Tens of thousands of US Government employees remain unvaccinated against Covid-19 despite a federal vaccination mandate, according to an analysis by the Financial Times.
US Regulators have approved third shots of the BioNTech / Pfizer vaccine for 16- and 17-year-olds. Regardless, new claims for unemployment benefit fell last week to their lowest level in 52 years.
Boris Johnson faces a major rebellion from his own party MPs over new Covid-19 restrictions. the United Kingdom The Prime Minister has enraged Conservative MPs with his handling of a dispute over Christmas celebrations at his Downing Street residence.
Austria will, according to the government, impose criminal fines of up to 3,600 euros on anyone over the age of 14 who refuses to be vaccinated.
Health officials in Africa have complained about that EU’s Sluggish introduction of vaccines to poorer countries, with shipments sometimes arriving in unpredictable quantities.
As Health officials While trying to curb the rapid spread of the Omicron variant, which has been proven in more than 50 countries on six continents, scientists keep puzzling about its origin, which leads to competing theories.
The day ahead
Inflation data US consumer prices are expected to have risen at the fastest rate in nearly 40 years in November. The consumer price index, published by the Bureau of Labor Statistics, is likely to have risen 6.8 percent last month from a year earlier, which would be the fastest annual increase since 1982 and a sharp increase of 6.2 percent in October.
Day two of Joe Biden’s Democracy Summit The US President will deliver a closing speech on day two of the Democracy Summit, a virtual gathering of more than 100 world leaders aimed at promoting democratic values. Beijing, meanwhile, argued that China deserves recognition as one of the world’s great democracies as it launched a bitter public relations campaign against Biden’s initiative.
Nobel Peace Prize Ceremony The Nobel Peace Prizes are awarded to journalists Maria Ressa and Dmitry Muratov in Oslo. Winners of other awards have already received their prizes in slimmed-down ceremonies this week due to the pandemic. (NPR)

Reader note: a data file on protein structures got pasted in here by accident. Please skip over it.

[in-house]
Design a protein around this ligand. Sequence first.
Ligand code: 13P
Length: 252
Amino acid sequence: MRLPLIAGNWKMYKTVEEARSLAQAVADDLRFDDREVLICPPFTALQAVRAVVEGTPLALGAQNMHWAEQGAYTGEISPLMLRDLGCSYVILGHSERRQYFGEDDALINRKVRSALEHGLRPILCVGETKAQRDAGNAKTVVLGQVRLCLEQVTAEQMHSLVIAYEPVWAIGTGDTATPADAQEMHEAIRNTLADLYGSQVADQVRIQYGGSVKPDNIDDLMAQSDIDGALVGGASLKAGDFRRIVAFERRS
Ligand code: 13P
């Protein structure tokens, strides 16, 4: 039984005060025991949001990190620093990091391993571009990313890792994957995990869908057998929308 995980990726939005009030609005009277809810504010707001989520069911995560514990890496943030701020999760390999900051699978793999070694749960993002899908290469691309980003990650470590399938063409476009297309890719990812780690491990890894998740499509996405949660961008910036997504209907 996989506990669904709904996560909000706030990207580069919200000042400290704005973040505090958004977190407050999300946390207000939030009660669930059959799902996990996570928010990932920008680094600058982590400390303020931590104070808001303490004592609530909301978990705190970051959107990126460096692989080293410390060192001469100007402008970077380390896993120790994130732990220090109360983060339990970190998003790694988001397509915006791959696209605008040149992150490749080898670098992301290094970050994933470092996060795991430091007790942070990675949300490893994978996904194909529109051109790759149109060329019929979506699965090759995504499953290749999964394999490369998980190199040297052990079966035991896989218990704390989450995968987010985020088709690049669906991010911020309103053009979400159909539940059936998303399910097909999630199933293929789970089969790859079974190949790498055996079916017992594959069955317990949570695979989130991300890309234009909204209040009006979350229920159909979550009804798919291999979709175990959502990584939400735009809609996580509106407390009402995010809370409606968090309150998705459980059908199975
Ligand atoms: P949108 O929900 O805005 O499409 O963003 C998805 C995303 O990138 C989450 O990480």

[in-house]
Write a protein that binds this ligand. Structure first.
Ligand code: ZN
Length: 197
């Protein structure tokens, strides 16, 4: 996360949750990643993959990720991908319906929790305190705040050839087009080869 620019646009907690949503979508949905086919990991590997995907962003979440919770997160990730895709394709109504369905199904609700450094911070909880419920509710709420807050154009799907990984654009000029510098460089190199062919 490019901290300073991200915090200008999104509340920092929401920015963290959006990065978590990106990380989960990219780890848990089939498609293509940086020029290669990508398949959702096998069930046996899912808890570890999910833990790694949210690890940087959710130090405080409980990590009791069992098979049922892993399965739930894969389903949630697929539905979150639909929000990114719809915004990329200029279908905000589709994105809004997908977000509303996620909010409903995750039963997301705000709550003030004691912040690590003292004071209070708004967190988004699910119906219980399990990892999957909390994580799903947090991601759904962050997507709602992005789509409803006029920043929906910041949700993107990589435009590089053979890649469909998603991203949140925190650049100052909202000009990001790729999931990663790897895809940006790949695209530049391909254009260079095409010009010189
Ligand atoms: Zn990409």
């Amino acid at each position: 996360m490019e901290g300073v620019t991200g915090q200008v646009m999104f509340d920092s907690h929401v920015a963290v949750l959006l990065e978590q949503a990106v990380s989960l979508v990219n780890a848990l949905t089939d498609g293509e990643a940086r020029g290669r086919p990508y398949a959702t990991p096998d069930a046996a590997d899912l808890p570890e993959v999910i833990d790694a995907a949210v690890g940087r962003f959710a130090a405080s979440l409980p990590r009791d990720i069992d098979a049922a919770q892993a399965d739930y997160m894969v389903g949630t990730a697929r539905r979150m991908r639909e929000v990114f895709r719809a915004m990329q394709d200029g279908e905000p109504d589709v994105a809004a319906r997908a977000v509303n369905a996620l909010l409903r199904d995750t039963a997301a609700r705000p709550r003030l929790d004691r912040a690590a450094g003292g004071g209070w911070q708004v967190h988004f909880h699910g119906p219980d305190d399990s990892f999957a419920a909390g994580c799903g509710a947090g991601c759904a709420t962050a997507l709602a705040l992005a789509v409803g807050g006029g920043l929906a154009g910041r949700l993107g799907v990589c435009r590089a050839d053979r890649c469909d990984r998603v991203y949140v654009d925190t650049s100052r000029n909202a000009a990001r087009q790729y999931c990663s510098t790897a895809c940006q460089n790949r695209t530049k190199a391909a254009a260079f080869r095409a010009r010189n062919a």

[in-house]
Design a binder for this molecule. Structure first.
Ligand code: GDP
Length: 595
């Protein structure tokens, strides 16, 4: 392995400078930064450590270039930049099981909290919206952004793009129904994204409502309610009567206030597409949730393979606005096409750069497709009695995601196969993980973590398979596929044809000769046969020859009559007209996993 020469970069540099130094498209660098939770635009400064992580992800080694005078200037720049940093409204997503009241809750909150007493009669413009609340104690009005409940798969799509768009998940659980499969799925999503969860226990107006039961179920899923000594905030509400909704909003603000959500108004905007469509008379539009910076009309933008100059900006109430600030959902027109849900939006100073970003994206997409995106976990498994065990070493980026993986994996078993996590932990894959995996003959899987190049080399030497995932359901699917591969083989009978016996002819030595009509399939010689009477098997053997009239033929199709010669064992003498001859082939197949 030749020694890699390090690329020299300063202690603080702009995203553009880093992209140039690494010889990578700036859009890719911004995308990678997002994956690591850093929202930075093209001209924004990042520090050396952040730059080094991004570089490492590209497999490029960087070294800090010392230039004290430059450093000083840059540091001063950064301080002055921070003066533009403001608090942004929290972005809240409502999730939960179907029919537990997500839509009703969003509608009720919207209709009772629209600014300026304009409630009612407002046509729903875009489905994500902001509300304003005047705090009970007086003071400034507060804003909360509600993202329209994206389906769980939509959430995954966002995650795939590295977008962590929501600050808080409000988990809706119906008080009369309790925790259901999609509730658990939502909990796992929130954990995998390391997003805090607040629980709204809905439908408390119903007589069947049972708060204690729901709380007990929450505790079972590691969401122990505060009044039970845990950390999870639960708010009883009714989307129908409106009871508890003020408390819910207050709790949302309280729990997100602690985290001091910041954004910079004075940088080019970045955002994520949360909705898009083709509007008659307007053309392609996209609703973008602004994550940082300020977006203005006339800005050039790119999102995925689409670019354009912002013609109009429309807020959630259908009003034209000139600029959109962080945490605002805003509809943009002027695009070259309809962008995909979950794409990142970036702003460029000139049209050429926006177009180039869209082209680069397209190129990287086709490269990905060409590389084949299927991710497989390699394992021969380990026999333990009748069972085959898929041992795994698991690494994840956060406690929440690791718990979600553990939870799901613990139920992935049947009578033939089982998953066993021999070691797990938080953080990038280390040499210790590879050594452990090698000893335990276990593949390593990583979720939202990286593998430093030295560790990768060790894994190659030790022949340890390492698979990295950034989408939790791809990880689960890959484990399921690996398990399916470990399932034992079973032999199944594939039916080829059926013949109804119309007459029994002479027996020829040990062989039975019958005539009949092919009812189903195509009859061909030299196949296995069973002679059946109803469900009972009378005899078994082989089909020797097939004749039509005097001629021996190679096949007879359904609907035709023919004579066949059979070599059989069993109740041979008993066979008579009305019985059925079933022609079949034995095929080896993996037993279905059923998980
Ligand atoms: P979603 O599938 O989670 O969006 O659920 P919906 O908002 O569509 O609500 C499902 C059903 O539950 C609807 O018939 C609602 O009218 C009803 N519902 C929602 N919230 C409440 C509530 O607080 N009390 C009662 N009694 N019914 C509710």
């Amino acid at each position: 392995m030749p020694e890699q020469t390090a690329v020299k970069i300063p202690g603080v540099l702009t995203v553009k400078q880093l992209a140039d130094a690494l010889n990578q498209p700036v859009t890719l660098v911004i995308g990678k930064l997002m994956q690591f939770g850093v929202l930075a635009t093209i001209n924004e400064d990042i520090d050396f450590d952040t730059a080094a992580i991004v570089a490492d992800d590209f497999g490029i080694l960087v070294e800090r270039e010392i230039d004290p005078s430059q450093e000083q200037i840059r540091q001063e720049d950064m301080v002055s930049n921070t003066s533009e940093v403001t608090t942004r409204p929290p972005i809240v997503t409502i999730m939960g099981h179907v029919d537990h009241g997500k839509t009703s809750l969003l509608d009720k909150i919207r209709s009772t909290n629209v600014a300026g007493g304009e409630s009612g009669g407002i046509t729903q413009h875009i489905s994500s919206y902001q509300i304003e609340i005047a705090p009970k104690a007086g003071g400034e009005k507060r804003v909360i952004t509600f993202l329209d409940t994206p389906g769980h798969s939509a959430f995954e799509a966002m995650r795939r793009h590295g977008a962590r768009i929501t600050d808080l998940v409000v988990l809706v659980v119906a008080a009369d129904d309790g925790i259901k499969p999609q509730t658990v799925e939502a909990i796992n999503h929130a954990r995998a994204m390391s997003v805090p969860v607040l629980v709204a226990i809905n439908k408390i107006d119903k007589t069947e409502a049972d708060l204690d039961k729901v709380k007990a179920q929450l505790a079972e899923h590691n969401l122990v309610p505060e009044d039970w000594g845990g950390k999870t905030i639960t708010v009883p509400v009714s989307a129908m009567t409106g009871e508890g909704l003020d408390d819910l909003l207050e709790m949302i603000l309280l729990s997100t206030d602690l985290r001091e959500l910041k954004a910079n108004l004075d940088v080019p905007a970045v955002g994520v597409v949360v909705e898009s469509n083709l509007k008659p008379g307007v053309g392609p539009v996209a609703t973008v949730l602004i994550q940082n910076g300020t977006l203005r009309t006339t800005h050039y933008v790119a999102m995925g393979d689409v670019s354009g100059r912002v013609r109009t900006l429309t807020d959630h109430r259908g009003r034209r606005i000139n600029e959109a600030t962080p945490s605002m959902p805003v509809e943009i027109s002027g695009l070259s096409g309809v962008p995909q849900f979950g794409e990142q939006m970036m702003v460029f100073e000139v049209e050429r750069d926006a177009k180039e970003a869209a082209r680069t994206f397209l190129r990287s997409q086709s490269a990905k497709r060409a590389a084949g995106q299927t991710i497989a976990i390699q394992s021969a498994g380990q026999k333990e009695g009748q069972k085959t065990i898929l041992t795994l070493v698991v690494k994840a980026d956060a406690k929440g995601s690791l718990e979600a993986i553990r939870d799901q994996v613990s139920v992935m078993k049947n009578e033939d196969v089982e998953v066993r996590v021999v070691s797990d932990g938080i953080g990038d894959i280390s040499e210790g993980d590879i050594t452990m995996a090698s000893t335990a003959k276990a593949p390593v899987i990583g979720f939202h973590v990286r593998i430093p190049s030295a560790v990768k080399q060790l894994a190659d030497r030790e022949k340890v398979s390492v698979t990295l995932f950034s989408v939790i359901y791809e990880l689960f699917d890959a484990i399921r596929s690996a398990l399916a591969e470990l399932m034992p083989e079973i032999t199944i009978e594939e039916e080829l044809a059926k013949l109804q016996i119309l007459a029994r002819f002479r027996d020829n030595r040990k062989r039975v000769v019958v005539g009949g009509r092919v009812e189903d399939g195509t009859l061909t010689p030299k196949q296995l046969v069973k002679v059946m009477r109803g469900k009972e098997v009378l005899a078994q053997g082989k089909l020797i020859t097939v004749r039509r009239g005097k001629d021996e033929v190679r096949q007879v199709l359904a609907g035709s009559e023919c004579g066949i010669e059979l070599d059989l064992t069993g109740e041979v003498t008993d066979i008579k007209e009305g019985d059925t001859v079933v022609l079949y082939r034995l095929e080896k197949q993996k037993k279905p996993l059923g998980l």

What else we read and look at
“Queen of the bull market” faces her toughest test Nobody embodies the boom in the US stock exchanges as well as Cathie Wood from Ark Invest. Using social media, with a skill seldom found on Wall Street, Wood has drawn legions of retail investors and billions of dollars by placing aggressive bets on companies and technologies that they believe will change the world . The results have been spectacular – until now.
America is still a dangerous nation It is easy to guess that “non-interventionism” has become a firm belief. But that can change quickly. Think about what happened after 9/11. Now imagine hordes of Ukrainians fleeing while Russian tanks stir up their cities, writes Edward Luce.
UAE expats wooed with new work week Starting in January, the UAE will be introducing a western style weekend Saturday through Sunday to adapt to global markets. Will the move help modernize the economy and make it more attractive to foreigners?
Where will the crypto anarchy end? The rapid proliferation of Bitcoin and other digital assets has baffled investors and worried the financial establishment. Dissent, greed, idealism, and fear of missing out have fueled the growth of this revolutionary technology. In this video, our Lex team asks where this will all end.
“The salary rates for lawyers are unsustainable” US law firms like Kirkland & Ellis have had a record year with 12 months of dealmaking and private equity investments. But fluctuation and burnout among middle-ranking employees are successful and have triggered a rethink in the most profitable companies.
If felling a tree is a crime against nature, are artificial trees, leased trees, or cultivated trees really better? Joy Lo Dico is looking for a sustainable Christmas tree.